The typical lithium-ion cells used in laptops and camcorders weigh about 40-45 grams, have an output of 8.6 watt-hours, cost about $2 per cell, and have been improving in storage density at about eight percent per year. To travel 250 miles (using a projected 200 watt-hours per mile), an electric car would require a battery weighing over 500 pounds and costing about $12,000. If lithium-ion batteries continue to improve at eight percent per year, this would bring the cost down to $6,000 and the weight to 250 pounds in 10 years.

The fuel efficiency of all cars decreases as weight increases. Mile per watt-hour is the electric car’s measure of fuel efficiency, just as miles per gallon is the measure of fuel efficiency for gasoline cars. Increasing the size of the battery in the electric car decreases its fuel efficiency in proportion to the weight it adds to the car.

An electric vehicle will have much more weight in its batteries than a gasoline-powered vehicle with a full tank of gas. However, an all-electric vehicle avoids the weight of the gasoline motor (an electric motor is much lighter), the transmission and other items.

The issues of weight and efficiency have lead to three design choices:

  1. The all-electric vehicle: An all-electric vehicle is simple, reliable and produces no "tailpipe" emissions (see below for discussion of the pollution from electric generation). It is limited in range due to battery capacity, and the time to "refill the tank" (recharge the battery) is measured in hours. It is possible to augment the range of an all-electric vehicle by adding a small diesel/gasoline generator. This configuration is commonly referred to as a "serial hybrid."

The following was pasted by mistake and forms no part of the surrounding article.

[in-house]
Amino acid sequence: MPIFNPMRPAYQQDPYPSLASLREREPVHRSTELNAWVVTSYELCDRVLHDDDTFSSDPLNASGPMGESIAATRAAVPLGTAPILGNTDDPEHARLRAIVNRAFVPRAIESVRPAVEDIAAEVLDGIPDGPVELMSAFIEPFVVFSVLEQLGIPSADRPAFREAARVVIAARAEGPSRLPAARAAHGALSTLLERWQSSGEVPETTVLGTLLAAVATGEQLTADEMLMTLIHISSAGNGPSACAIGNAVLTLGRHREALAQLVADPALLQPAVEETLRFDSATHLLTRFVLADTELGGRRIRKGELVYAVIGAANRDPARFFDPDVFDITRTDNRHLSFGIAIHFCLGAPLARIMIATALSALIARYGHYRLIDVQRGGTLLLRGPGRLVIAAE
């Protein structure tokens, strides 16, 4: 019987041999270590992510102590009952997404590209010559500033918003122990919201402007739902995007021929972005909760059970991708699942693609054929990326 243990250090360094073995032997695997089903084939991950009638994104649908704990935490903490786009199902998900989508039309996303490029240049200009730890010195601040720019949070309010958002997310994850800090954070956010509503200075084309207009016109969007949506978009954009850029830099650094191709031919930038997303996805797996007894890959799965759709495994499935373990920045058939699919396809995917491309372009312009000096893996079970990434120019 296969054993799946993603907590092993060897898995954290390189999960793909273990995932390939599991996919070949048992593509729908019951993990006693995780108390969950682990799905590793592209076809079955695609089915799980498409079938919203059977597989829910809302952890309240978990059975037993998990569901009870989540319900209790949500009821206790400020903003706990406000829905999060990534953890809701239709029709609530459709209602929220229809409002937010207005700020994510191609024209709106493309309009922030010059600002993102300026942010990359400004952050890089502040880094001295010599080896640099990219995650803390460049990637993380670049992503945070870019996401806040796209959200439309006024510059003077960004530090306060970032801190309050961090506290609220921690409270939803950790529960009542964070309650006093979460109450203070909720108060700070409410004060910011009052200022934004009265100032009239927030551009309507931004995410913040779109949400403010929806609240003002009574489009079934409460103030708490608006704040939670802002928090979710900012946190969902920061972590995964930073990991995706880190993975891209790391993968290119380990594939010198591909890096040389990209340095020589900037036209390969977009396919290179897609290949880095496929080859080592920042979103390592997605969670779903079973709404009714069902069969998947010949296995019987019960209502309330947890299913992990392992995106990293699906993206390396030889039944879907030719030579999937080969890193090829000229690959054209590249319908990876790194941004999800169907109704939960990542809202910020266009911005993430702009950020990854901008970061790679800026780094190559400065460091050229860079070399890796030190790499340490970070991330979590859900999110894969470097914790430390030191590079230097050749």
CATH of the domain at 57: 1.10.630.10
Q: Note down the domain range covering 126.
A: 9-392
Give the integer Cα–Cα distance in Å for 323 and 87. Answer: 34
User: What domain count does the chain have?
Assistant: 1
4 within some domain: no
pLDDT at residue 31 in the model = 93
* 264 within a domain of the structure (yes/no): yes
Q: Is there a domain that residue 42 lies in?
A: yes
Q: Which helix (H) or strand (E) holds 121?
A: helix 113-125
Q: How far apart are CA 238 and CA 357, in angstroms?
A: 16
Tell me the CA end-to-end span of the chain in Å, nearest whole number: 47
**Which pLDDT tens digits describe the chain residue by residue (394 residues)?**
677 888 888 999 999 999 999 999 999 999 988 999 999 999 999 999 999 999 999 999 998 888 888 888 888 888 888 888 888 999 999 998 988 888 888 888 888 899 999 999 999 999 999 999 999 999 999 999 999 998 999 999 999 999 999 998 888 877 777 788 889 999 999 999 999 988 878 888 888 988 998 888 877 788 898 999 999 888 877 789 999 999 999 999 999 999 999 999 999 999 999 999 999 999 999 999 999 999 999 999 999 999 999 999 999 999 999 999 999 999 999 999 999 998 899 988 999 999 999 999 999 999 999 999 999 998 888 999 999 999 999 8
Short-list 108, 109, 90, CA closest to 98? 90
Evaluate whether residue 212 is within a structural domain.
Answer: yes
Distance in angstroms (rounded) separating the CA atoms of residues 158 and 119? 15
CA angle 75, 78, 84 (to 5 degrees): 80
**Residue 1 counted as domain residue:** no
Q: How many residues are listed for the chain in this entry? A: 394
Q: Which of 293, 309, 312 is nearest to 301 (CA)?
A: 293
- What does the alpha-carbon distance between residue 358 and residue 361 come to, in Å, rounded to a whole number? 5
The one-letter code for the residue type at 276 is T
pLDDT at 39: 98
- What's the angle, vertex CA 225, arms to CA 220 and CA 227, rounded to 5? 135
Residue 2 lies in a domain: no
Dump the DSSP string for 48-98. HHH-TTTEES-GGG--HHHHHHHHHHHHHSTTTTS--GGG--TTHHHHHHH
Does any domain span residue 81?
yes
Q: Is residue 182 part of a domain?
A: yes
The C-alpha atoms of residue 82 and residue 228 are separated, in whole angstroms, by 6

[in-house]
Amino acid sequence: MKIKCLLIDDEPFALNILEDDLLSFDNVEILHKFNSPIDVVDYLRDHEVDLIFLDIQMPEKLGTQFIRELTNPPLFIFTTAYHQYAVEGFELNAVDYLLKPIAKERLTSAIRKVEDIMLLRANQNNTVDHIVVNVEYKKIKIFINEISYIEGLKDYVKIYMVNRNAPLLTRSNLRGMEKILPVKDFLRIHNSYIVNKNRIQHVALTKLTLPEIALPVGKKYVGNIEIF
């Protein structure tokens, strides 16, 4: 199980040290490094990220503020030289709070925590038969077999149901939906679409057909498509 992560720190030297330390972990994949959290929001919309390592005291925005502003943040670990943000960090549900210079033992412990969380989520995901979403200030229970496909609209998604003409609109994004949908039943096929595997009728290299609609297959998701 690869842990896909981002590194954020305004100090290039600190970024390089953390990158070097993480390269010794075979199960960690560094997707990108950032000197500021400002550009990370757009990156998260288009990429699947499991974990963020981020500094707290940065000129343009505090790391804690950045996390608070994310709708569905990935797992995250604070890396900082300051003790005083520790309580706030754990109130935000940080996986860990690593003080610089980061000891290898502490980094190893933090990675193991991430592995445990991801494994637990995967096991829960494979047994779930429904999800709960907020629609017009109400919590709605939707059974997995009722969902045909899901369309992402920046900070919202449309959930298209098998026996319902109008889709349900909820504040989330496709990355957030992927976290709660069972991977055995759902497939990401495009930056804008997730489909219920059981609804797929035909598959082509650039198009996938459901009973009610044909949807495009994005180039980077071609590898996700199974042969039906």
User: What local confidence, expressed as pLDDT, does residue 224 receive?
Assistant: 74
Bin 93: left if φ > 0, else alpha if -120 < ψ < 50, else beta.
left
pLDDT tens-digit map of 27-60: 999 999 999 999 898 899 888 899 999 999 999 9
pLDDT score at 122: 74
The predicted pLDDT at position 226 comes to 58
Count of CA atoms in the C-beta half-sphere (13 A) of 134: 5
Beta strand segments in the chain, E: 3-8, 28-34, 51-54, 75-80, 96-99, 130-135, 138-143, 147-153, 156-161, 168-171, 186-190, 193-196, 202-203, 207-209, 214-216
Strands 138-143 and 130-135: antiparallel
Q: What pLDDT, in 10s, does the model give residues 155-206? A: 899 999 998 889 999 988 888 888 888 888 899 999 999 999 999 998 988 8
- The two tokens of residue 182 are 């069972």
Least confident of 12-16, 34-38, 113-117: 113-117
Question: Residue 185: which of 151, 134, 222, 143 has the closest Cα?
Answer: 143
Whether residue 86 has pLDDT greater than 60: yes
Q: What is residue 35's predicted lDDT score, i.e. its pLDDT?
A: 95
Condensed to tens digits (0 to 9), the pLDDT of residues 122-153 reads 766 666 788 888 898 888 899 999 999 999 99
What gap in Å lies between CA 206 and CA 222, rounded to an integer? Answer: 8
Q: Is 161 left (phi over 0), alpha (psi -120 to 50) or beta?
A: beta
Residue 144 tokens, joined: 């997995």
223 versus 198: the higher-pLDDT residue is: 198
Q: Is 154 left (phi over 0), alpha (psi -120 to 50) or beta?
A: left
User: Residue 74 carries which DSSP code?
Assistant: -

2. The hybrid vehicle: The hybrid vehicle, like the Honda Civic, Ford Escape or Toyota Prius, uses just enough battery electricity to make the gasoline engine more efficient and to absorb excess energy from braking and de-accelerating back into the battery. The hybrid’s only source of fuel is gasoline, as all electricity is generated in the vehicle. The efficiency of the hybrid’s gasoline engine is quite good compared to a standard gasoline vehicle. A gasoline engine is about 37 percent efficient only when it is on the highway. Efficiency in the city is much lower because the engine is idling at a stop or operating far from its optimum efficiency during acceleration and deceleration. The great virtue of a hybrid is that its engine does not idle. It is either off or it is operating near its optimum efficiency, so a hybrid engine actually operates at 37 percent efficiency a majority of the time.
  3. The plug-in hybrid: The plug-in hybrid provides a way to charge the battery separately and is both a complete battery-electric vehicle and a gasoline vehicle. More battery is added so the electric driving range of the vehicle is between 20 and 40 miles. (All-electric vehicles usually are designed for a 100 mile range.) For more information about current plug-in hybrids, see CalCars.